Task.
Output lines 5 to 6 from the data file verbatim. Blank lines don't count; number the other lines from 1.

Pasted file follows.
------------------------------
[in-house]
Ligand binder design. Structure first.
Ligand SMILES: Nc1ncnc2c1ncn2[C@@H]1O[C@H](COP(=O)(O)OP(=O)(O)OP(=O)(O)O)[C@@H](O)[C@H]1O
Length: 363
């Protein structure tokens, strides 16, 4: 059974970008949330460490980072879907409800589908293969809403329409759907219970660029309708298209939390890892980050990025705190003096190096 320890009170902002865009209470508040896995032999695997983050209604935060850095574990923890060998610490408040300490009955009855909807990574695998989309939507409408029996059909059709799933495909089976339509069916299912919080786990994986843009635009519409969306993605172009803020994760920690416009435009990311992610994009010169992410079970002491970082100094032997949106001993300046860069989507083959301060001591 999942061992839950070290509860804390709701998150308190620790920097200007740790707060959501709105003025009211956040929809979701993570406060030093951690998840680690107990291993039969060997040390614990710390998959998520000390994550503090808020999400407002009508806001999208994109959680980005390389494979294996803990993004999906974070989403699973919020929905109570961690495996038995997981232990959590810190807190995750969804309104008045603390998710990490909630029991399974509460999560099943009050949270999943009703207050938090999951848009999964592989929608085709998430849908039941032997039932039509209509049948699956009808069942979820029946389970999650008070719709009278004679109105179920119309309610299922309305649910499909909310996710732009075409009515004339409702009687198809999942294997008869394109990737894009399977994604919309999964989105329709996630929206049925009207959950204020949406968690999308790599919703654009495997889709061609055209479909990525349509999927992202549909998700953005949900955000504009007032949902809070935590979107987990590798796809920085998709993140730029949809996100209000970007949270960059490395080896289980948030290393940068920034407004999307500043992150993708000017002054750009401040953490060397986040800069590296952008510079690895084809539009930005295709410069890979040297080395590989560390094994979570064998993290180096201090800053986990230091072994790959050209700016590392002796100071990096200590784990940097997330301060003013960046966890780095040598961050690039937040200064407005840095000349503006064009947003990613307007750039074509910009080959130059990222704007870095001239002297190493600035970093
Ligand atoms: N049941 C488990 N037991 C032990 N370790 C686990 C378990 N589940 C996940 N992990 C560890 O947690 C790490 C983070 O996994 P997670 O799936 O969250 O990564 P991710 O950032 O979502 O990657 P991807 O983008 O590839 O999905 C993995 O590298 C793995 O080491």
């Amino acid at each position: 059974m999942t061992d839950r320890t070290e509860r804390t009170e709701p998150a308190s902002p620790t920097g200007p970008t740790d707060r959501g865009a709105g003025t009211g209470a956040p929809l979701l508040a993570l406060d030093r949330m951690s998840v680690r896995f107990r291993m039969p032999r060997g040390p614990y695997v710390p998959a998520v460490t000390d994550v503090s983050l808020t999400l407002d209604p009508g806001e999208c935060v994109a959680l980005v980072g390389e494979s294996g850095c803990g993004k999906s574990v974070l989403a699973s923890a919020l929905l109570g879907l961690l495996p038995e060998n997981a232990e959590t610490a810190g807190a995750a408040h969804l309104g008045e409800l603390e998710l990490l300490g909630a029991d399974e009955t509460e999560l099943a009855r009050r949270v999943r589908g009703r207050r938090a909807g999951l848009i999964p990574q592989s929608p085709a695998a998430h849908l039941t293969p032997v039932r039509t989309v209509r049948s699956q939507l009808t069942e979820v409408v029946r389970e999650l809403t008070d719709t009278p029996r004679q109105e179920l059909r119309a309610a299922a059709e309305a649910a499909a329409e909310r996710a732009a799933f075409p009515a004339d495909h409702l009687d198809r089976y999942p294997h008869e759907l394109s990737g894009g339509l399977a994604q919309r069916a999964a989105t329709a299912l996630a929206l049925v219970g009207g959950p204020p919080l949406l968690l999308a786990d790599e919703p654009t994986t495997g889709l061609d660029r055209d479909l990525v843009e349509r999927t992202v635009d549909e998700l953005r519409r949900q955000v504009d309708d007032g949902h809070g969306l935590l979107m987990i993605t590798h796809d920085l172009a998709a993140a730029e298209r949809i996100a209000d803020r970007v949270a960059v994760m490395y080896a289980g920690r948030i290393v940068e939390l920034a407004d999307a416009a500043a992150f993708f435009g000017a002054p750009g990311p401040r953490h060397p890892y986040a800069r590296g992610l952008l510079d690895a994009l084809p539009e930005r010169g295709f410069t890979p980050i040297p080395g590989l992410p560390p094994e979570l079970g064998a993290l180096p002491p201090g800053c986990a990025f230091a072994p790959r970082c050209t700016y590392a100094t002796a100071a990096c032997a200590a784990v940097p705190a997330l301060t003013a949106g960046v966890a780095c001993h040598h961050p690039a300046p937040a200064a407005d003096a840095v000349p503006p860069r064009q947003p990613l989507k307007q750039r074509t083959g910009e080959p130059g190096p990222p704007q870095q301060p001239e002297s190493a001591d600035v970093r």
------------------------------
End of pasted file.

């Protein structure tokens, strides 16, 4: 059974970008949330460490980072879907409800589908293969809403329409759907219970660029309708298209939390890892980050990025705190003096190096 320890009170902002865009209470508040896995032999695997983050209604935060850095574990923890060998610490408040300490009955009855909807990574695998989309939507409408029996059909059709799933495909089976339509069916299912919080786990994986843009635009519409969306993605172009803020994760920690416009435009990311992610994009010169992410079970002491970082100094032997949106001993300046860069989507083959301060001591 999942061992839950070290509860804390709701998150308190620790920097200007740790707060959501709105003025009211956040929809979701993570406060030093951690998840680690107990291993039969060997040390614990710390998959998520000390994550503090808020999400407002009508806001999208994109959680980005390389494979294996803990993004999906974070989403699973919020929905109570961690495996038995997981232990959590810190807190995750969804309104008045603390998710990490909630029991399974509460999560099943009050949270999943009703207050938090999951848009999964592989929608085709998430849908039941032997039932039509209509049948699956009808069942979820029946389970999650008070719709009278004679109105179920119309309610299922309305649910499909909310996710732009075409009515004339409702009687198809999942294997008869394109990737894009399977994604919309999964989105329709996630929206049925009207959950204020949406968690999308790599919703654009495997889709061609055209479909990525349509999927992202549909998700953005949900955000504009007032949902809070935590979107987990590798796809920085998709993140730029949809996100209000970007949270960059490395080896289980948030290393940068920034407004999307500043992150993708000017002054750009401040953490060397986040800069590296952008510079690895084809539009930005295709410069890979040297080395590989560390094994979570064998993290180096201090800053986990230091072994790959050209700016590392002796100071990096200590784990940097997330301060003013960046966890780095040598961050690039937040200064407005840095000349503006064009947003990613307007750039074509910009080959130059990222704007870095001239002297190493600035970093
Ligand atoms: N049941 C488990 N037991 C032990 N370790 C686990 C378990 N589940 C996940 N992990 C560890 O947690 C790490 C983070 O996994 P997670 O799936 O969250 O990564 P991710 O950032 O979502 O990657 P991807 O983008 O590839 O999905 C993995 O590298 C793995 O080491």